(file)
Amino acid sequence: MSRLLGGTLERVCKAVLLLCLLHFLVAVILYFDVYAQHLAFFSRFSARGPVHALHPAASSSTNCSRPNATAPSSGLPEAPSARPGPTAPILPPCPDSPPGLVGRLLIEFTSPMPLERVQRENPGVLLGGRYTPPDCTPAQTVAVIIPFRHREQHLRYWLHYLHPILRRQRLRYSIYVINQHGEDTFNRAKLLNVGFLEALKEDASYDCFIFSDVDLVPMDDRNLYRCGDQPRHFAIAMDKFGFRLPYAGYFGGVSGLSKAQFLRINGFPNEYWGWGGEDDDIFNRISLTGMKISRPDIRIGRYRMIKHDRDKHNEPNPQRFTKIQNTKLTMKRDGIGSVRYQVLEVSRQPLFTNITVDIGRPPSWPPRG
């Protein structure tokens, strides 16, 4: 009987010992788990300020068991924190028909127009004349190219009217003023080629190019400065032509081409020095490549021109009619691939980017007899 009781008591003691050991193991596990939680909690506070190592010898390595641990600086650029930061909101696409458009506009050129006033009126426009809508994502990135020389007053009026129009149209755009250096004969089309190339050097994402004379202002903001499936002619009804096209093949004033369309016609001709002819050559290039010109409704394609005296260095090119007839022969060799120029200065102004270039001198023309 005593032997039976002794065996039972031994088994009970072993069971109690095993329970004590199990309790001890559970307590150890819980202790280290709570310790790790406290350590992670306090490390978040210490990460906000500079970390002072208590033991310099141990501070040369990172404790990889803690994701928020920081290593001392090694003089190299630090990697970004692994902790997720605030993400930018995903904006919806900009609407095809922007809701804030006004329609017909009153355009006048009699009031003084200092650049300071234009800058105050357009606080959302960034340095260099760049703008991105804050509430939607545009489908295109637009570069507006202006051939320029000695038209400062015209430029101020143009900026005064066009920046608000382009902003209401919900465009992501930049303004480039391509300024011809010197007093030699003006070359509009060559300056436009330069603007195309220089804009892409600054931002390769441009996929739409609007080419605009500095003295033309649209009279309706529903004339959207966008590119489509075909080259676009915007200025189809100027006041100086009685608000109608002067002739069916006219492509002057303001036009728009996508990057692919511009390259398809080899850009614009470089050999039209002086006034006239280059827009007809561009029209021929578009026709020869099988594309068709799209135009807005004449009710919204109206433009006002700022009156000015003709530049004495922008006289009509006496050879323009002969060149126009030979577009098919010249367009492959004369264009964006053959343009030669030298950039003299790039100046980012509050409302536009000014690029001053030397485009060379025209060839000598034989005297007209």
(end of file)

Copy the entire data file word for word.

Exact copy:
Amino acid sequence: MSRLLGGTLERVCKAVLLLCLLHFLVAVILYFDVYAQHLAFFSRFSARGPVHALHPAASSSTNCSRPNATAPSSGLPEAPSARPGPTAPILPPCPDSPPGLVGRLLIEFTSPMPLERVQRENPGVLLGGRYTPPDCTPAQTVAVIIPFRHREQHLRYWLHYLHPILRRQRLRYSIYVINQHGEDTFNRAKLLNVGFLEALKEDASYDCFIFSDVDLVPMDDRNLYRCGDQPRHFAIAMDKFGFRLPYAGYFGGVSGLSKAQFLRINGFPNEYWGWGGEDDDIFNRISLTGMKISRPDIRIGRYRMIKHDRDKHNEPNPQRFTKIQNTKLTMKRDGIGSVRYQVLEVSRQPLFTNITVDIGRPPSWPPRG
């Protein structure tokens, strides 16, 4: 009987010992788990300020068991924190028909127009004349190219009217003023080629190019400065032509081409020095490549021109009619691939980017007899 009781008591003691050991193991596990939680909690506070190592010898390595641990600086650029930061909101696409458009506009050129006033009126426009809508994502990135020389007053009026129009149209755009250096004969089309190339050097994402004379202002903001499936002619009804096209093949004033369309016609001709002819050559290039010109409704394609005296260095090119007839022969060799120029200065102004270039001198023309 005593032997039976002794065996039972031994088994009970072993069971109690095993329970004590199990309790001890559970307590150890819980202790280290709570310790790790406290350590992670306090490390978040210490990460906000500079970390002072208590033991310099141990501070040369990172404790990889803690994701928020920081290593001392090694003089190299630090990697970004692994902790997720605030993400930018995903904006919806900009609407095809922007809701804030006004329609017909009153355009006048009699009031003084200092650049300071234009800058105050357009606080959302960034340095260099760049703008991105804050509430939607545009489908295109637009570069507006202006051939320029000695038209400062015209430029101020143009900026005064066009920046608000382009902003209401919900465009992501930049303004480039391509300024011809010197007093030699003006070359509009060559300056436009330069603007195309220089804009892409600054931002390769441009996929739409609007080419605009500095003295033309649209009279309706529903004339959207966008590119489509075909080259676009915007200025189809100027006041100086009685608000109608002067002739069916006219492509002057303001036009728009996508990057692919511009390259398809080899850009614009470089050999039209002086006034006239280059827009007809561009029209021929578009026709020869099988594309068709799209135009807005004449009710919204109206433009006002700022009156000015003709530049004495922008006289009509006496050879323009002969060149126009030979577009098919010249367009492959004369264009964006053959343009030669030298950039003299790039100046980012509050409302536009000014690029001053030397485009060379025209060839000598034989005297007209």